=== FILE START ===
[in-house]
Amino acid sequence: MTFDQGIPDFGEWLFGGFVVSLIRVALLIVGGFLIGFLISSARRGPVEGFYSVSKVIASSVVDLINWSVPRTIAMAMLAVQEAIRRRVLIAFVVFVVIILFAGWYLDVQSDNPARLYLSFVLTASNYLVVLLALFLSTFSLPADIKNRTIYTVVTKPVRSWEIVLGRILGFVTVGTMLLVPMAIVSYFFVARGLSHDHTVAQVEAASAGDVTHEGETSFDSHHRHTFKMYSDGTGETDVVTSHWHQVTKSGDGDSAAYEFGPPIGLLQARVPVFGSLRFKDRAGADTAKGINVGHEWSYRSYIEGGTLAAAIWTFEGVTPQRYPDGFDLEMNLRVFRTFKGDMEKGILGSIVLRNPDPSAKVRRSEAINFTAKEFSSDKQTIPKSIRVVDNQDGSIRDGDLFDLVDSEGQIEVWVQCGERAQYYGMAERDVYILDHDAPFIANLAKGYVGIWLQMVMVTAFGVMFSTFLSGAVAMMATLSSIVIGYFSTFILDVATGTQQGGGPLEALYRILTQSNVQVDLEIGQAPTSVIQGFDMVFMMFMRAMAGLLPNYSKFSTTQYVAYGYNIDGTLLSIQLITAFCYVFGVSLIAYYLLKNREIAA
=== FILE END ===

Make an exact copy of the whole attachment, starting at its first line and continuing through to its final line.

[in-house]
Amino acid sequence: MTFDQGIPDFGEWLFGGFVVSLIRVALLIVGGFLIGFLISSARRGPVEGFYSVSKVIASSVVDLINWSVPRTIAMAMLAVQEAIRRRVLIAFVVFVVIILFAGWYLDVQSDNPARLYLSFVLTASNYLVVLLALFLSTFSLPADIKNRTIYTVVTKPVRSWEIVLGRILGFVTVGTMLLVPMAIVSYFFVARGLSHDHTVAQVEAASAGDVTHEGETSFDSHHRHTFKMYSDGTGETDVVTSHWHQVTKSGDGDSAAYEFGPPIGLLQARVPVFGSLRFKDRAGADTAKGINVGHEWSYRSYIEGGTLAAAIWTFEGVTPQRYPDGFDLEMNLRVFRTFKGDMEKGILGSIVLRNPDPSAKVRRSEAINFTAKEFSSDKQTIPKSIRVVDNQDGSIRDGDLFDLVDSEGQIEVWVQCGERAQYYGMAERDVYILDHDAPFIANLAKGYVGIWLQMVMVTAFGVMFSTFLSGAVAMMATLSSIVIGYFSTFILDVATGTQQGGGPLEALYRILTQSNVQVDLEIGQAPTSVIQGFDMVFMMFMRAMAGLLPNYSKFSTTQYVAYGYNIDGTLLSIQLITAFCYVFGVSLIAYYLLKNREIAA